Crypto offers Africans a ‘lifeline’ from inflation and corruption, say execs
While many investors in the West may look to crypto to speculate the next biggest trend, blockchain technology is actually solving “real-world problems” in Africa such as hyperinflation and “corruption,” executives told Cointelegraph.
Speaking to Cointelegraph, Chris Maurice, founder and CEO of Yellow Card — Africa’s largest cryptocurrency exchange — said crypto in Africa “is growing at the speed of light” because it allows many Africans to escape from the traditional financial system’s failures and transact more freely.
“Crypto solves real-world problems with banking and currencies on the continent, and it isn’t the casino that it can feel like sometimes in the West.”
Maurice said the most common use cases in Africa are to make international payments, to send money to friends and family and to “save money against inflation.”
“Crypto in Africa lives closer than any other part of the world to the original mission of the technology,” he added.
Kevin Imani, the founder and CEO of Sankore 2.0 — an affiliate of layer-1 Near Protocol — believes blockchain-based payments can act as a human rights technology:
“It’s important to recognize the human rights protections that it provides to people in underdeveloped nations. In many developing countries, hyperinflationary pressure and corruption have left citizens with few options.”
“Cryptocurrencies offer a lifeline to these individuals, providing greater financial inclusion and control over their money,” he added.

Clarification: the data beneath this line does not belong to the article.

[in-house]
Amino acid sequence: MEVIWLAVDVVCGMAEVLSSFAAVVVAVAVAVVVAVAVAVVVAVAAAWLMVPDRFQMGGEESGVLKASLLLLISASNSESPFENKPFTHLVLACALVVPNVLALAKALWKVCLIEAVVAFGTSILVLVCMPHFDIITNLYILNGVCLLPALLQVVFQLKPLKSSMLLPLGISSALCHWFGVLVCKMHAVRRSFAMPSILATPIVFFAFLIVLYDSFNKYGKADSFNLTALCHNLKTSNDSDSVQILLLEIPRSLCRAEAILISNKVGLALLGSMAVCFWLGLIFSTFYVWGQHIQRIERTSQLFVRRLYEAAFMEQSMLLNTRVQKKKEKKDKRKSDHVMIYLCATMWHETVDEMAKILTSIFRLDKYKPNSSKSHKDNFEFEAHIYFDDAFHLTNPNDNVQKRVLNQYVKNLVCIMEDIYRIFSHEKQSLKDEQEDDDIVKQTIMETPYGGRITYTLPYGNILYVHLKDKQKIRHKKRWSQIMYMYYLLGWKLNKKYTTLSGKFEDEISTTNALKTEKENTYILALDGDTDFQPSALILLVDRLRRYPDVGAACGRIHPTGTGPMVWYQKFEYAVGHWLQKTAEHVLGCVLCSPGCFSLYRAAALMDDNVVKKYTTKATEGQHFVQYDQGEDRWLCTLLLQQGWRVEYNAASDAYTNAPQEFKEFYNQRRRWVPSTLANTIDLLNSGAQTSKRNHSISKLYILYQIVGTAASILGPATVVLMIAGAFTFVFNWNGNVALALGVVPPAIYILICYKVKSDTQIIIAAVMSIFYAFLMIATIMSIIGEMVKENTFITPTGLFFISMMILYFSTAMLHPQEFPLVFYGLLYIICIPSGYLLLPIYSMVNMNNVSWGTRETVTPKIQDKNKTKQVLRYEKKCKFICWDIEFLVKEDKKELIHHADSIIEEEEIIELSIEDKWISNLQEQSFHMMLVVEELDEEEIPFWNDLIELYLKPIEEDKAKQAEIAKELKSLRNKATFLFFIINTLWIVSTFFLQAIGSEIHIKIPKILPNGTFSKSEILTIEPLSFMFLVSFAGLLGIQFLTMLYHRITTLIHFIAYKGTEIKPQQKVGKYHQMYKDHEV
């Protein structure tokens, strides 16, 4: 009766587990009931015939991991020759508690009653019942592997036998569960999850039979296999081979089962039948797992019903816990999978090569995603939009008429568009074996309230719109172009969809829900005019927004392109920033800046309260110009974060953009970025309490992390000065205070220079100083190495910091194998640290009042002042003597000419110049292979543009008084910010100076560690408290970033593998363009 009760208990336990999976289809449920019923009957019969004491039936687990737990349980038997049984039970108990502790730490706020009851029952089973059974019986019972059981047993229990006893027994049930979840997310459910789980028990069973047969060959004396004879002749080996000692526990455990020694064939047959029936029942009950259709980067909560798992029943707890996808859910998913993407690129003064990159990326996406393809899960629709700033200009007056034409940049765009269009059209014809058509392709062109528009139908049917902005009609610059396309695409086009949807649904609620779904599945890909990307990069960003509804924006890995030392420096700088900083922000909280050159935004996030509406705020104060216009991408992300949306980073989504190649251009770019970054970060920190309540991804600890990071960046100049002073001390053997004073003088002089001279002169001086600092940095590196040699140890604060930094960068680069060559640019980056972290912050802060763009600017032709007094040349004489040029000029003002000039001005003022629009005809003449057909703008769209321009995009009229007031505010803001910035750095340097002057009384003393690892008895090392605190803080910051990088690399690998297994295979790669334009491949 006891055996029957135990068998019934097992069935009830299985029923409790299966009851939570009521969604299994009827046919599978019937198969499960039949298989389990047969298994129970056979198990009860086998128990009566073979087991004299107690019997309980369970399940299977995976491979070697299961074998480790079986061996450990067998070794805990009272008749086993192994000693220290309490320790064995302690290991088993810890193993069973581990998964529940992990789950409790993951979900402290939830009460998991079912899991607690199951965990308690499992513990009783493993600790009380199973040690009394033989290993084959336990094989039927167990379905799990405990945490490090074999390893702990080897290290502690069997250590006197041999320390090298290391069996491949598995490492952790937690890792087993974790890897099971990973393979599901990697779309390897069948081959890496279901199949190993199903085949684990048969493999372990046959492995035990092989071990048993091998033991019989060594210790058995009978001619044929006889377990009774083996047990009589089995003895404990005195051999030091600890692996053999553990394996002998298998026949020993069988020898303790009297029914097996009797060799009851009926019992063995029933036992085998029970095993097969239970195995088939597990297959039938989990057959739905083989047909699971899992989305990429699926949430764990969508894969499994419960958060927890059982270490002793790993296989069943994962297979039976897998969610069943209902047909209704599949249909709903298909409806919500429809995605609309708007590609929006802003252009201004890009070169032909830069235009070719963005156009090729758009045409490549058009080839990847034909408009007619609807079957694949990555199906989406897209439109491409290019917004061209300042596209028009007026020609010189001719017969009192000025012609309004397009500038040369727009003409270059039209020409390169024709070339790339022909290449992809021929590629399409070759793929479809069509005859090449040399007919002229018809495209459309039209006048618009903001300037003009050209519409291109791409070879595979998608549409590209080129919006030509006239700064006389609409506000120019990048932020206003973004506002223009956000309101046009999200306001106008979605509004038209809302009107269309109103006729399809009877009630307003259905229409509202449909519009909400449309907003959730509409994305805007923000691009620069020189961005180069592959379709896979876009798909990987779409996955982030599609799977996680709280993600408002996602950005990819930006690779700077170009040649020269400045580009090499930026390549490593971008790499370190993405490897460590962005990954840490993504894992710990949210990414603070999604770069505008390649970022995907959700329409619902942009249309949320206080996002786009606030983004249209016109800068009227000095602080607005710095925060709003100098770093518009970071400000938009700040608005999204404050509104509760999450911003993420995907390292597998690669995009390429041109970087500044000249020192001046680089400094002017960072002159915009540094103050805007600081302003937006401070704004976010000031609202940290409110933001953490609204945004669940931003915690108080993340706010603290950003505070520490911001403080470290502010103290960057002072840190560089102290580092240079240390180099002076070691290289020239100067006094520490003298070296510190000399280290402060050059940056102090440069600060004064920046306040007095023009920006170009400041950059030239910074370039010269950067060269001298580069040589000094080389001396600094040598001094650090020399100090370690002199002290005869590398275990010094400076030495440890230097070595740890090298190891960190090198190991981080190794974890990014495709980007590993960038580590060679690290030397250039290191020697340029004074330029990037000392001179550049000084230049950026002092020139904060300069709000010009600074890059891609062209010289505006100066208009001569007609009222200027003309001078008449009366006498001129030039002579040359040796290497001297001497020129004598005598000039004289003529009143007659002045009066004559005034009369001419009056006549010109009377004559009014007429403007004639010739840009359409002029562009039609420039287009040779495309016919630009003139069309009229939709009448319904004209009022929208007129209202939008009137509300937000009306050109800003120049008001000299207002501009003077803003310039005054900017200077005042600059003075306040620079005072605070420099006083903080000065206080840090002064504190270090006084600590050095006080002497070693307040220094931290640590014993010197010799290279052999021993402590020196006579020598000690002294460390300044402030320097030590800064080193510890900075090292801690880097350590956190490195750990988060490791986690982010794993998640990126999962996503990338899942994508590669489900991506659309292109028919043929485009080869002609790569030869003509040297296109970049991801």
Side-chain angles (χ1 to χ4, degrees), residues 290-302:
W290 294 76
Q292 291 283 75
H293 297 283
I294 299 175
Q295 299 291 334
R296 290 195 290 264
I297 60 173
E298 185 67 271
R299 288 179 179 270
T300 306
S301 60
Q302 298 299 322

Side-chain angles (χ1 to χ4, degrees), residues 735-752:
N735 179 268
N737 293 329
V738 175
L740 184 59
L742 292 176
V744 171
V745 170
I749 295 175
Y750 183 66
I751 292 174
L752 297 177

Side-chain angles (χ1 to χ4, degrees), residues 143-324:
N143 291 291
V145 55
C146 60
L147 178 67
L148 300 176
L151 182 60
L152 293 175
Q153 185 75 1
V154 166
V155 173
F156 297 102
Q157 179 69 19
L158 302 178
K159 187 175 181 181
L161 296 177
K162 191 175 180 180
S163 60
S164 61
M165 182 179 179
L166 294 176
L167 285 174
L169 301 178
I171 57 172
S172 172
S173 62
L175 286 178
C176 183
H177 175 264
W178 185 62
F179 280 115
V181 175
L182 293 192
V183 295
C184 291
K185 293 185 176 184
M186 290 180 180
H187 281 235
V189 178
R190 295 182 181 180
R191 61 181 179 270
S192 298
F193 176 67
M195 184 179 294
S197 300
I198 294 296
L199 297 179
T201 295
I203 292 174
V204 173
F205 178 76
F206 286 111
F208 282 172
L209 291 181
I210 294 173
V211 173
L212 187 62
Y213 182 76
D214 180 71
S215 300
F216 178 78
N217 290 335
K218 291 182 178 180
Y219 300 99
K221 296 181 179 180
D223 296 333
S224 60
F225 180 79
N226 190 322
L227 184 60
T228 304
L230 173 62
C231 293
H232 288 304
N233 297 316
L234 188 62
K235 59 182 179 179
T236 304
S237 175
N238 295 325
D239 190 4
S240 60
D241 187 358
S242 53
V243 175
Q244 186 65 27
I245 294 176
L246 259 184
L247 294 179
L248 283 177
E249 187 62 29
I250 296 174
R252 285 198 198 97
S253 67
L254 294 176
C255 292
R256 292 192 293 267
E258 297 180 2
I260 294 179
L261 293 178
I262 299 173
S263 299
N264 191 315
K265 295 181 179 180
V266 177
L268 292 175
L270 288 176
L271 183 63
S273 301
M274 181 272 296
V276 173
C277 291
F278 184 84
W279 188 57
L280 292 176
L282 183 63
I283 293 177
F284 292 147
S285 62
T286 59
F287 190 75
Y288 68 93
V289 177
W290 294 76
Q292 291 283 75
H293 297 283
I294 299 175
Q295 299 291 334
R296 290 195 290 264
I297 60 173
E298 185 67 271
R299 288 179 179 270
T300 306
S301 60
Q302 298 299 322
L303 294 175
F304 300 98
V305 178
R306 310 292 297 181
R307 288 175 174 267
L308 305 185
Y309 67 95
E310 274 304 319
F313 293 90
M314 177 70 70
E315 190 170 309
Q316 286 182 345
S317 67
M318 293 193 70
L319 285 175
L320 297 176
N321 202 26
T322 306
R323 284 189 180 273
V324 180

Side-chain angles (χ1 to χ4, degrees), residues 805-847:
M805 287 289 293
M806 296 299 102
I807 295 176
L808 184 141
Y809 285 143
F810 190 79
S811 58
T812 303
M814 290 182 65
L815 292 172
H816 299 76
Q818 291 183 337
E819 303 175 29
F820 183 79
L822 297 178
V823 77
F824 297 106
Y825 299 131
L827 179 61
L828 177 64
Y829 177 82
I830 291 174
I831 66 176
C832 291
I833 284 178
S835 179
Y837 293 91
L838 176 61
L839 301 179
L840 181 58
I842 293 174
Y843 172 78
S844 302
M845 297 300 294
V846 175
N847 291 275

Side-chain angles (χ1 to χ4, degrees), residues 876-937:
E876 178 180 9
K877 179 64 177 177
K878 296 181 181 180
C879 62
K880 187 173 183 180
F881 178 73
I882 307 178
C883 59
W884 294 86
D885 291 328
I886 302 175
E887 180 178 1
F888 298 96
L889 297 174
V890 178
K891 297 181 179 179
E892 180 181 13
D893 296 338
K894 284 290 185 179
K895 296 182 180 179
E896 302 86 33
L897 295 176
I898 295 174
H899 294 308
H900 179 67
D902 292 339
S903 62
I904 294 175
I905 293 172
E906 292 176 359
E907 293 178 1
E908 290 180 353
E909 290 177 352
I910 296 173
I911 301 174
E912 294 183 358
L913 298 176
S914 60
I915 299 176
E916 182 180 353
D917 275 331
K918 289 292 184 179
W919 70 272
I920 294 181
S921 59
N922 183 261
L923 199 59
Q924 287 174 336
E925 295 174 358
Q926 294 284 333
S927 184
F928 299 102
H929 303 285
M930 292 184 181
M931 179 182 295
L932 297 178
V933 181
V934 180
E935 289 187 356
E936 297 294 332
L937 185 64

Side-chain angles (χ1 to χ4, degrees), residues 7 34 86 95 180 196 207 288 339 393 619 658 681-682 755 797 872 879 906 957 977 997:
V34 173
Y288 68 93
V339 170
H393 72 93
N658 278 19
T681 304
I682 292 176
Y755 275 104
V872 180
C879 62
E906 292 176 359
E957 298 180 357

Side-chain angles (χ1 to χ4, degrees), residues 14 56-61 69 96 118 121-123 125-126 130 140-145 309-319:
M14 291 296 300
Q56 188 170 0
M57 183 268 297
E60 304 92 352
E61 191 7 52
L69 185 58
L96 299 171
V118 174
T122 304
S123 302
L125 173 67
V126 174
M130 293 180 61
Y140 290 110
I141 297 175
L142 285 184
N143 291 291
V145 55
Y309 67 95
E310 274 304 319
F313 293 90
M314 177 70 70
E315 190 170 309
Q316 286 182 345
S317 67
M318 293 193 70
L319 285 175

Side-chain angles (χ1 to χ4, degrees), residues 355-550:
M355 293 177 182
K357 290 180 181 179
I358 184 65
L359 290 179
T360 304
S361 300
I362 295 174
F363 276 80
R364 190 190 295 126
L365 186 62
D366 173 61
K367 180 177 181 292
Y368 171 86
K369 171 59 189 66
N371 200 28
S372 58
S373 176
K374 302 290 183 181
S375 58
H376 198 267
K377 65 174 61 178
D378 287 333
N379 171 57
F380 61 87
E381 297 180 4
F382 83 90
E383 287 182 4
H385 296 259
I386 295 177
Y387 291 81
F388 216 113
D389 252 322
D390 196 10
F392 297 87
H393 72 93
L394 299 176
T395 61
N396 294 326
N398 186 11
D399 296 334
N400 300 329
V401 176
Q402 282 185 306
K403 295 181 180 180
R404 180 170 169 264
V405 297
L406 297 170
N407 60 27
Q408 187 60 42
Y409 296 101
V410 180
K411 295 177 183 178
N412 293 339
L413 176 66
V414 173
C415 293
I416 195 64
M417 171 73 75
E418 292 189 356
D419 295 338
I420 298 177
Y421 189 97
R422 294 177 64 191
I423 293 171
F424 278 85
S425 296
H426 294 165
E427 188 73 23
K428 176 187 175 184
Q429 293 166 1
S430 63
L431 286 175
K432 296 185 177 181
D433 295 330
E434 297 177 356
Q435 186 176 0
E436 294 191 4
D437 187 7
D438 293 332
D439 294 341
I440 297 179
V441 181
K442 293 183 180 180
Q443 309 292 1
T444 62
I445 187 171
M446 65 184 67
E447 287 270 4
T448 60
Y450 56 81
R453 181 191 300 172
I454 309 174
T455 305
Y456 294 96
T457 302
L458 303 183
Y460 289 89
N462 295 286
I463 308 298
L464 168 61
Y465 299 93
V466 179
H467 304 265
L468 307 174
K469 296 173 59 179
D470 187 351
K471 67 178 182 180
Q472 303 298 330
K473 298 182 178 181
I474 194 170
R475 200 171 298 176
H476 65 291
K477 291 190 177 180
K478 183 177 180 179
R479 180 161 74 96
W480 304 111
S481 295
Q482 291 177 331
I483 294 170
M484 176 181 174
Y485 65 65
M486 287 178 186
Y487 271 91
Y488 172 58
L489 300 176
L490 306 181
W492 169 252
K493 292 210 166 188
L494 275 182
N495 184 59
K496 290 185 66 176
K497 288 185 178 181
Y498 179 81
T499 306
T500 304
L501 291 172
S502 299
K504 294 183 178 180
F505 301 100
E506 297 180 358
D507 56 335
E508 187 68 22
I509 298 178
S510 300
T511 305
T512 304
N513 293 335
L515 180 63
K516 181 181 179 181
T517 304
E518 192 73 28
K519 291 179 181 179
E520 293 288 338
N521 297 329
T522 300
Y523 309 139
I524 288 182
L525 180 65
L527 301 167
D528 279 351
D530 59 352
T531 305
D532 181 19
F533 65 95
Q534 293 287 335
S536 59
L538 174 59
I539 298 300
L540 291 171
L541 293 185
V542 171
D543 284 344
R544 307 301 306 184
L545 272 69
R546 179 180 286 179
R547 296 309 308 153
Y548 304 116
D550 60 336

According to Statistica, inflation rates in Sub-Saharan Africa reached an estimated 14.5% in 2022 — which marks the region’s largest annual change since the 2008 recession.
Imani said the “ability to counter weak national currencies and corruption” and increase financial inclusion makes peer-to-peer crypto transactions a no-brainer for many Africans.
“I personally see Crypto as Africa’s next shot at life, another opportunity to be part of something great, as opposed to the internet revolution of the 2000s, when most Africans weren’t as exposed as today,” added Okoye Kevin Chibuoyim, the founder and CEO of crypto education platform GIDA, based in Nigeria.
“Africans are used to bad governments that aren’t accountable and transparent, but here, the blockchain flashes its transparent nature here and makes everyone trust the system,” he said.
Related: Africa: The next hub for Bitcoin, crypto adoption and venture capital?
In April, Block — a U.S. digital payments firm led by Jack Dorsey — partnered with Yellow Card to facilitate cross-border payments in Africa based on Block’s infrastructure.
After the number of cryptocurrency users increased by 2,500% in 2021, the region experienced an 11-fold explosion in venture capital funding in 2022.
Maurice said Nigerians have adopted cryptocurrency “like no one else” in the region — with one local publication reporting in May that 47% of Nigerians own or transact with crypto on a daily basis.
While Maurice said Botswana has the “most legal and regulatory clarity,” cryptocurrency is now reportedly illegal in Cameroon, Central African Republic, Gabon, Guyana, Lesotho, Libya and Zimbabwe, according to Investopedia.
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